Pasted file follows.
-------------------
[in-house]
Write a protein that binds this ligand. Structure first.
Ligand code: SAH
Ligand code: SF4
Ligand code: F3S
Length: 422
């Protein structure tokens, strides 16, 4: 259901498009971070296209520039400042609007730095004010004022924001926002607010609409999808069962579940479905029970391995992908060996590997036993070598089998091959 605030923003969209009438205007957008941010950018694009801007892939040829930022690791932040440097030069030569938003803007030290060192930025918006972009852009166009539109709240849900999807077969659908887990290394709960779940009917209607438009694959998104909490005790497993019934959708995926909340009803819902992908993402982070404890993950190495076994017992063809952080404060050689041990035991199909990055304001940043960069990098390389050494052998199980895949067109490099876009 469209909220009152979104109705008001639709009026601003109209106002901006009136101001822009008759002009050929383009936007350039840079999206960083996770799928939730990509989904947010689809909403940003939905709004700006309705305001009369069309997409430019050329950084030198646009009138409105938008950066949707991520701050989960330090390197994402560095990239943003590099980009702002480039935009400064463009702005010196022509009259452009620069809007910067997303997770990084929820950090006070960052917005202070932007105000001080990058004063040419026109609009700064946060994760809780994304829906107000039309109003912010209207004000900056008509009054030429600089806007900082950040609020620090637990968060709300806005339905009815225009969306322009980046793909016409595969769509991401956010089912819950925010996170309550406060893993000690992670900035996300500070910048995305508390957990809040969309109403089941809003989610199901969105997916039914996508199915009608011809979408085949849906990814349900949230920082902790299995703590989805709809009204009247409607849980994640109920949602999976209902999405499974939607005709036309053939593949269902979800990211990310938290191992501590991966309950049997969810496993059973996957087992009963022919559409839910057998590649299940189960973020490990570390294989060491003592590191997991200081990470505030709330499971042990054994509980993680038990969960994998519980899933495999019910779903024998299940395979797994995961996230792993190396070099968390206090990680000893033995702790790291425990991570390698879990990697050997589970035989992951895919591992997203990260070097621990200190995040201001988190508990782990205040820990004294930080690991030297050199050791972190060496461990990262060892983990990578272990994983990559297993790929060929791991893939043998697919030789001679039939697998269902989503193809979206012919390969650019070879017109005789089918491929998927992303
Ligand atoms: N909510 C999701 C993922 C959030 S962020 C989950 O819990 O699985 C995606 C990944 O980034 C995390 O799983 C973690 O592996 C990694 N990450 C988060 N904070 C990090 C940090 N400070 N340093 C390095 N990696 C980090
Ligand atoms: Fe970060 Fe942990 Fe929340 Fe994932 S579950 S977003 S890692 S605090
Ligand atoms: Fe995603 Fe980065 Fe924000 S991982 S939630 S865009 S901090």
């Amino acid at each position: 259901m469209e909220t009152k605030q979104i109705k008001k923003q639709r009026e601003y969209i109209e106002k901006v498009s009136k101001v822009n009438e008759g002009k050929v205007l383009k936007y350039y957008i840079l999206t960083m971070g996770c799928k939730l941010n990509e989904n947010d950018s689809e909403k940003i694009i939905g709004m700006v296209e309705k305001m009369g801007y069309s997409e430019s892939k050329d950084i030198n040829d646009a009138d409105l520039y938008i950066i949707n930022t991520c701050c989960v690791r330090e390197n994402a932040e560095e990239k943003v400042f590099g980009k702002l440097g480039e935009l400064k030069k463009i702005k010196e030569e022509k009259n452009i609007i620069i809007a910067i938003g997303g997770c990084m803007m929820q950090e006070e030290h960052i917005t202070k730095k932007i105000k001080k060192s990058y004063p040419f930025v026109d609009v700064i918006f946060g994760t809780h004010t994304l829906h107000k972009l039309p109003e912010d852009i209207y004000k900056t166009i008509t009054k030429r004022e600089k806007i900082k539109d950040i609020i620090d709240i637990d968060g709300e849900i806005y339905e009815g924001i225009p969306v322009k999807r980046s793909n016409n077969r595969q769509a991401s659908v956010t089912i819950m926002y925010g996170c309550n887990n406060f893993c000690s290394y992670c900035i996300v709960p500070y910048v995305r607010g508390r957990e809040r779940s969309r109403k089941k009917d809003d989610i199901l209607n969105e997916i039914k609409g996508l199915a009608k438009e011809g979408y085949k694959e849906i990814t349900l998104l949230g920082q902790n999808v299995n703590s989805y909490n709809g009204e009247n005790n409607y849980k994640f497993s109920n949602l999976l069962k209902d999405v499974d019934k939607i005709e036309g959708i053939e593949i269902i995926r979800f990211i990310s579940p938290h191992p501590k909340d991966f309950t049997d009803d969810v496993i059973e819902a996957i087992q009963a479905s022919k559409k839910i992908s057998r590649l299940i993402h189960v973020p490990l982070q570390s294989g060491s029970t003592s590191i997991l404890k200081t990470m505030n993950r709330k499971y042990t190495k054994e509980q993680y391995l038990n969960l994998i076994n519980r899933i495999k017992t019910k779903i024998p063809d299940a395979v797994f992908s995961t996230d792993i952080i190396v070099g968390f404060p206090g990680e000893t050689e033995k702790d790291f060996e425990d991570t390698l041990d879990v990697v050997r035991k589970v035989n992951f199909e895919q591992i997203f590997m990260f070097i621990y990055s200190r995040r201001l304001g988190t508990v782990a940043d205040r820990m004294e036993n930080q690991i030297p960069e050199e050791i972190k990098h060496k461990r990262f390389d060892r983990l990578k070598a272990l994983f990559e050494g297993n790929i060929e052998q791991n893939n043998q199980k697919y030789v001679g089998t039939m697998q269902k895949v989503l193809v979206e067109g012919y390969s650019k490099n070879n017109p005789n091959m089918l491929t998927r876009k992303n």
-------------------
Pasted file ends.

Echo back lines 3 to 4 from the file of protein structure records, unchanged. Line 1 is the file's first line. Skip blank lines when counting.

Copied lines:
Ligand code: SAH
Ligand code: SF4